442d Reservist is first Total Force Airman to pass CPI Black Belt equivalency exam

  • Published
  • By Tech. Sgt. Bob Jennings
  • 442D Fighter Wing Public Affairs

Continuous Process Improvement is not easy. It takes a host of highly-trained individuals to help guide the rest of the organization to be more efficient and, ultimately, more productive.

The term Black Belt (ultimately a reference to martial arts mastery) comes from the 6-Sigma process developed in the 1980s at the Motorola Corporation. The Air Force, in its commitment to Accelerate Change or Lose, utilizes a modified version of the 6σ tools to improve its processes. Both Green-Belt and Black-Belt certification involve academic and practical training, which can take a significant amount of time. So, when a member is 6σ-qualified in the civilian sector, the Air Force offers an opportunity to transfer that certification to the military side through equivalency testing.

The equivalency test does not take the place of the practical portion. A would-be Black Belt still needs to conduct a Black-Belt-Level CPI event and document the results of that event.

To date, three Airmen have taken the Black-Belt-equivalency test and been unable to meet the required passing score of 70 percent. Staff Sgt. Denis Silva, a traditional reservist and officer trainee with the 442d Civil Engineer Squadron, is the first Air Force member – throughout the Total Force – to pass the test. And he did it on a pretty tight timeline.

“We thought that, when we ordered the test, it would just sit here until he was ready,” said Mrs. Shallyn Troutman, the 442d Fighter Wing process manager. “But when it got here they said ‘The clock’s ticking. You have 10 days to complete the test.’ “

So, Silva – already Black-Belt certified through the Delphi Corporation and American Society for Quality in his role as a senior program manager with Saft – brushed up on what he’d learned having facilitated more than 15 CPI events since 2002, took the test, and knocked it out of the park with a score of 90%.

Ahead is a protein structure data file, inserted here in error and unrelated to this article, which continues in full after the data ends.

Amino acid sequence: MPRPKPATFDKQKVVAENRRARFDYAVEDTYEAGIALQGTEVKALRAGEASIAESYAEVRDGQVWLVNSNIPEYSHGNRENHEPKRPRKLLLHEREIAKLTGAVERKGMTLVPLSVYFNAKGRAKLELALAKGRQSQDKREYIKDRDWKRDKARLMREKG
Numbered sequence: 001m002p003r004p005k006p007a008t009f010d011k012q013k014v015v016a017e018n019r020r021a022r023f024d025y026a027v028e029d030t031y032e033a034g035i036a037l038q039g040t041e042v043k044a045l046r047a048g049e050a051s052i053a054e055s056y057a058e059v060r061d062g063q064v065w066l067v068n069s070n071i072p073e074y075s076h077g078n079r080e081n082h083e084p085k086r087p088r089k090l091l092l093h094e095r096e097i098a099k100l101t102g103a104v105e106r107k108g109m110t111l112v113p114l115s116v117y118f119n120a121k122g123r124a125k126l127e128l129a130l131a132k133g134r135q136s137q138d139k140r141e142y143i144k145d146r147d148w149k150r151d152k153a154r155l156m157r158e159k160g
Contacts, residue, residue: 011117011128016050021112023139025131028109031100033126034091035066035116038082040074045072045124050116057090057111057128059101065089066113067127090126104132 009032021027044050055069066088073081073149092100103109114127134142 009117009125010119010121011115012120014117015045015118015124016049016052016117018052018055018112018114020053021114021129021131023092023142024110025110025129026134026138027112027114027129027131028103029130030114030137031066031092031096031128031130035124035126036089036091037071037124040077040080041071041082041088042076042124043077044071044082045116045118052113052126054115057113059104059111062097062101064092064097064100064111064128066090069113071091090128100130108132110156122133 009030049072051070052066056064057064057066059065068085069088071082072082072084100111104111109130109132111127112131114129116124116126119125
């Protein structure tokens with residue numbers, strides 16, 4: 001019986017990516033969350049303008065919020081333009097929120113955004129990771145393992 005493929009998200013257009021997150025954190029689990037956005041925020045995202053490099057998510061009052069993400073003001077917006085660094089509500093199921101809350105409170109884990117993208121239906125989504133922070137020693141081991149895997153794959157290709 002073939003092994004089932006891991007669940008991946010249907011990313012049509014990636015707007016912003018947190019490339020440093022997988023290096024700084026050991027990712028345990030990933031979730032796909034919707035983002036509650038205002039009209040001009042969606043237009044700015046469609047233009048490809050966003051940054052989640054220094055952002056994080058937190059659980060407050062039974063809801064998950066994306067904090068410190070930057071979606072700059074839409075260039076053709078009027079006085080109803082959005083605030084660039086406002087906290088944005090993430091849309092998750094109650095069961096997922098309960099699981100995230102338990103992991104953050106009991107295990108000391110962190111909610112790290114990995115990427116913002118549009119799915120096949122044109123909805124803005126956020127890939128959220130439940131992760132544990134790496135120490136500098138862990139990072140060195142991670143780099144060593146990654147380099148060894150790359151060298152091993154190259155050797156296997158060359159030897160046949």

“Black Belts are highly trained and skilled individuals who can apply Continuous Process improvement principles to influence and promote change in any environment,” Silva said. “I believe, as an Air Force certified Black Belt, I will be able to be an active member in our Wing and help pave the path to achieve our Wing’s vision, to be ‘A Lethal, Agile and Dynamic Fighter Wing – Combat Proven Warriors Ready to Answer the Call’.”

Upon his return from Officer Training School, Silva will be assigned a task from Troutman’s portfolio of potential process improvement projects. He will run a CPI event for that process and track the results for approximately six months. If the process improved successfully, he can then submit those results to the Air Force Reserve Continuous Process Improvement/Innovation and Lessons Learned Division to receive his full certification.

“The AF Black Belt certification is among the highest-level professional accreditations you can achieve during your military career.” Silva said. “It is not only a proof of academic and professional competence, but also a recognition of your ability to support the Air Force mission.”

Silva believes having more CPI-trained Airmen will increase the wing’s ability to achieve its goals, and to support to Chief of Staff of the Air Force’s goal to accelerate change.

“Staff Sgt. Silva’s achievement gives our Wing a total of 3 members Black Belt trained of our required 6,” Troutman said. Air Force Instruction 38-401, Continuous Process Improvement (CPI) requires commanders to have five percent of their members Green Belt academics trained and one percent Black Belt trained. “It also gets us a step closer to developing a pipeline for certifying members in CPI, as it takes a certified Black Belt to certify a Green Belt.  Moreover, having someone with his experience level in the wing will be invaluable as we examine our internal processes and develop better, more efficient ways to do business.”

Should anyone want to follow in Silva’s footsteps, he had this advice: “First, you should make CPI part of who you are. It is how you operate and keep yourself relevant over time in every aspect of your life. Second, you should use CPI not only to make yourself better, but also others. Make it part of your personal mission to help others succeed. Lastly, never stop pursuing Excellence! Humanity is in desperate need of role models. Just simple individuals who can lead by setting high standards for themselves and giving example.”